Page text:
By Capt. Joe Trovato, Wisconsin National GuardAugust 3, 2017
MADISON, Wis. - Roadways in Monroe County affected by flood debris in the wake of heavy flooding last month are clear once again thanks to the efforts of engineers from the Wisconsin Army National Guard.
The Soldiers completed their second flood debris removal mission in Monroe County Aug. 1 when they finished removing brush, downed trees and other materials from the roadways in the town of Jefferson, Wisconsin. The engineers completed a similar mission in the nearby Town of Portland, Wisconsin, July 30 after local authorities requested the National Guard's assistance July 28.
The team of 20 Soldiers hailed from two Wisconsin Army National Guard engineer units -- the Prairie Du Chien, Wisconsin-based 229th Engineer Company, and the Onalaska, Wisconsin-based Company B, 173rd Brigade Engineer Battalion. The Soldiers fulfilled their duties as the state's first military responder after torrential rains in July caused widespread flooding across western Wisconsin.
Their primary task was to clear both lanes of traffic and road shoulders of debris so motorists and emergency vehicles could pull over when needed. They ultimately cleared approximately 1200 cubic yards of debris from Jefferson roadways. Clearing the shoulders also ensures that debris will not end up back on the roads again after the next rainfall, said 1st Lt. Johnathon Gause, a platoon leader in Company B, 173rd Brigade Engineer Battalion, and the officer-in-charge.
"Then we are kind of re-digging the ditch for the drainage on those sites as well so that it keeps the water moving," Gause said. "Because once that water stops moving, that's when you're going to start getting dirt on the road and other stuff that is dangerous for local traffic here."
Gause said that the opportunity to serve local communities has been rewarding and that both Jefferson and Portland have treated the Soldiers well.
"Both townships have been ecstatic that we are here to help them, because they are both very small communities," he said. "They don't have many resources at all."
"Overall they are looking at millions of dollars of damage," he added. "Of course we're not able to help with all of that, but we're able to take some of the big stuff off their plate and do some of the heavy lifting so that they can move on to the other tasks, some of the other $1.5 million worth of tasks that they've got to worry about."
Jefferson Town Chairman Earl Laufenberg praised the National Guard for its efforts in assisting his town.
"The men were very good to work with," he said. "I had absolutely no problems, and all I can say is that the Town of Jefferson really appreciates the National Guard coming in."
Gause was grateful to have members of the community who were so accommodating to their needs. The engineers worked on multiple sites in Jefferson, and nearby landowners graciously allowed the Soldiers to use their driveways as turnaround points and their properties for temporary equipment staging areas, he said.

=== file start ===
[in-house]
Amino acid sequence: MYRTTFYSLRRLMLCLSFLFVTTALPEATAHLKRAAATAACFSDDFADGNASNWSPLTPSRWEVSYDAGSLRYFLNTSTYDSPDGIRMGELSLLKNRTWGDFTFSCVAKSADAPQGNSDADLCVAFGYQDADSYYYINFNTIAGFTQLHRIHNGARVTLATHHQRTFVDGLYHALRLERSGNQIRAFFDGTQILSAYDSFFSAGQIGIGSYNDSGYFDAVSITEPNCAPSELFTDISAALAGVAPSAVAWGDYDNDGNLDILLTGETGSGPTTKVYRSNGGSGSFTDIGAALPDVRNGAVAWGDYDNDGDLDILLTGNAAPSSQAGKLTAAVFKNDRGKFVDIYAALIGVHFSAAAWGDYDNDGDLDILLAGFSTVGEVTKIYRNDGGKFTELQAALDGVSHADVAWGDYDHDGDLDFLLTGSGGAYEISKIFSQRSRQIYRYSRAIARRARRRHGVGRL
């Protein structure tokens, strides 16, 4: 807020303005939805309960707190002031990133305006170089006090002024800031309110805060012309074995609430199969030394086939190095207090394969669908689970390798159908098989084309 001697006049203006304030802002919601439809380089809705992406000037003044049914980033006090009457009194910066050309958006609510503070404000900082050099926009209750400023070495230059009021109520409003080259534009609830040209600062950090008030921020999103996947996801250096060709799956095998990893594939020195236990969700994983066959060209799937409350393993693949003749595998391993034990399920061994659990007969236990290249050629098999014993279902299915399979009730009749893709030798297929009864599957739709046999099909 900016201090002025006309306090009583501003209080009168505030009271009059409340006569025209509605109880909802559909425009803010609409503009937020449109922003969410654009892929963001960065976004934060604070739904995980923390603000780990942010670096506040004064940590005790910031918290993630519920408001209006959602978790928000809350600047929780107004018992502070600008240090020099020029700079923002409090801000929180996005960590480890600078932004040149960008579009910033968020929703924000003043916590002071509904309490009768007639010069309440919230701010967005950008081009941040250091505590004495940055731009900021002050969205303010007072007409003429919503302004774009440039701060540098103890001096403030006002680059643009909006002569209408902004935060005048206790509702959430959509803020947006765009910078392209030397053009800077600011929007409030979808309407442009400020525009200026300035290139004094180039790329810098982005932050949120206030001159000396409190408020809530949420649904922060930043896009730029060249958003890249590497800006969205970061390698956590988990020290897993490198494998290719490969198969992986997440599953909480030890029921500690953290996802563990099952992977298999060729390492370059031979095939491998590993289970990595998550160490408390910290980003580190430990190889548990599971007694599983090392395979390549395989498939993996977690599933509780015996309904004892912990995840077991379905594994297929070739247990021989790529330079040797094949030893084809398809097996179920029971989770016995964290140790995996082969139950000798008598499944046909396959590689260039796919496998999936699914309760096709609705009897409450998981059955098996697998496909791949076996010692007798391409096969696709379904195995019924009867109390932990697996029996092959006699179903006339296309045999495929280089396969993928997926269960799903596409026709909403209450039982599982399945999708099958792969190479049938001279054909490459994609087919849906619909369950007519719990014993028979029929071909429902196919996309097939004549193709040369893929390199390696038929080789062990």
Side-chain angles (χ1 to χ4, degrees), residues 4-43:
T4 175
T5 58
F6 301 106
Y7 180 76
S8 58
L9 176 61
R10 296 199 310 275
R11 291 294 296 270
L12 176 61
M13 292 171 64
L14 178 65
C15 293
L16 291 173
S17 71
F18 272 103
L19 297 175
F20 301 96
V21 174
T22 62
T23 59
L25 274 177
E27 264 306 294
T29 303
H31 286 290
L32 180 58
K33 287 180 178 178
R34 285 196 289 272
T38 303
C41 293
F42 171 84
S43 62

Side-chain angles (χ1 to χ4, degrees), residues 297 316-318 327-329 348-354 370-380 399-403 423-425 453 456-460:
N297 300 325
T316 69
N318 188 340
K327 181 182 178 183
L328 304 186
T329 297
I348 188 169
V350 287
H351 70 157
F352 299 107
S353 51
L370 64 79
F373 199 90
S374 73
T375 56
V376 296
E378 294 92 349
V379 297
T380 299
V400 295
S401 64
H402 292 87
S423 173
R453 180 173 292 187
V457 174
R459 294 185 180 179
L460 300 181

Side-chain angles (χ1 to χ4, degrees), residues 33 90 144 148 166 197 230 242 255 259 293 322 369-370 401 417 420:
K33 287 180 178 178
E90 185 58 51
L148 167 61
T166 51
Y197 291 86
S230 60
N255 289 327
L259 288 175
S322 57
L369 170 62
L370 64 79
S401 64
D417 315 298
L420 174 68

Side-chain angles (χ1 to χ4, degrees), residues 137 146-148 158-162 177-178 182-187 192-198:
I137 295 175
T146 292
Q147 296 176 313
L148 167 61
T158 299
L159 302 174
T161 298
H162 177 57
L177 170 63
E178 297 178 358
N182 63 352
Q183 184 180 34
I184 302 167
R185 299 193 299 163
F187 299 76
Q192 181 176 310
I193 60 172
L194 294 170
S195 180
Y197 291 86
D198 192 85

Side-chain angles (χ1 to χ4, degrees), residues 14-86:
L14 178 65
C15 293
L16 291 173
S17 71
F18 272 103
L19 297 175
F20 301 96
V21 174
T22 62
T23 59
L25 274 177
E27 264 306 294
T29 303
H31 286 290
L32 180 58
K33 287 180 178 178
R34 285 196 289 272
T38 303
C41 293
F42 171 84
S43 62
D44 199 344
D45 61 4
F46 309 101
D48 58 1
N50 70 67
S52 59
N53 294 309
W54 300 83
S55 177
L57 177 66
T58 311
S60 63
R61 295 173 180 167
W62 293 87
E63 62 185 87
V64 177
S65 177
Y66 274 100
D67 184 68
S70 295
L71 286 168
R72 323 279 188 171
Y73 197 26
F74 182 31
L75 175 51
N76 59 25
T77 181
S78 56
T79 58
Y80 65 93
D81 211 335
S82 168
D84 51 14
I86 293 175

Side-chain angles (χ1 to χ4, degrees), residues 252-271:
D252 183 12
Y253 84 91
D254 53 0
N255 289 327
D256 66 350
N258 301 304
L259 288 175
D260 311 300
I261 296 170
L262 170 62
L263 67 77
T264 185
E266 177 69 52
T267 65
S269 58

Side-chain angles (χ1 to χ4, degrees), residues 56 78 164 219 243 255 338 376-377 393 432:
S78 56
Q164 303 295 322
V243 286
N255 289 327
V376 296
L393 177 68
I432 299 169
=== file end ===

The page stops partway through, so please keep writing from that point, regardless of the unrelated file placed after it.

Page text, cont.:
Completing the missions in Monroe County was a win-win for both the National Guard and the towns it assisted, Gause said. Not only did the communities get the support they needed, but the Soldiers received quality real-world training and experience that will help them in both their state mission as the state's first military responder, but also as the Army's primary combat reserve.
"This is exactly what we are here for," Gause said. "The more time we get on sites like this, the more ready we'll be for the next one."
It will also help prepare the Soldiers for future federal missions where they may need to use some of the same skills overseas.
"It's not just the sand pit up at Fort McCoy," he said. "You have to use different techniques. When you're digging in a sand pit at Fort McCoy, you just don't get the real world challenges that you get out here."
The engineers encountered different challenges ranging from root structures, different slopes and angles, and confined spaces due to narrow roadways. It also allowed the unit's leadership to learn the limitations and capabilities of each piece of equipment. The Soldiers operated heavy military engineering equipment including skid steers, 10-ton dump trucks, excavators and additional equipment to assist.
Gov. Scott Walker declared a state of emergency in Monroe County and 16 other counties across the state July 21, which authorizes Wisconsin's Adjutant General Maj. Gen. Don Dunbar to employ the National Guard to assist local authorities as needed.
"Serving Wisconsin's communities in their hour of need is one of our primary missions, and we stand ready to assist again when the need arises," Dunbar said. "I'm very proud of the men and women in the National Guard for the professionalism they displayed in Monroe County."
The engineers cleared more than 50 loads of debris from Portland before moving to Jefferson. Airmen from the Wisconsin Air National Guard also delivered 10,000 sandbags to Trempealeau County July 21 in advance of heavy rains forecasted for the area.
Staff Sgt. Alex Baum contributed to this report.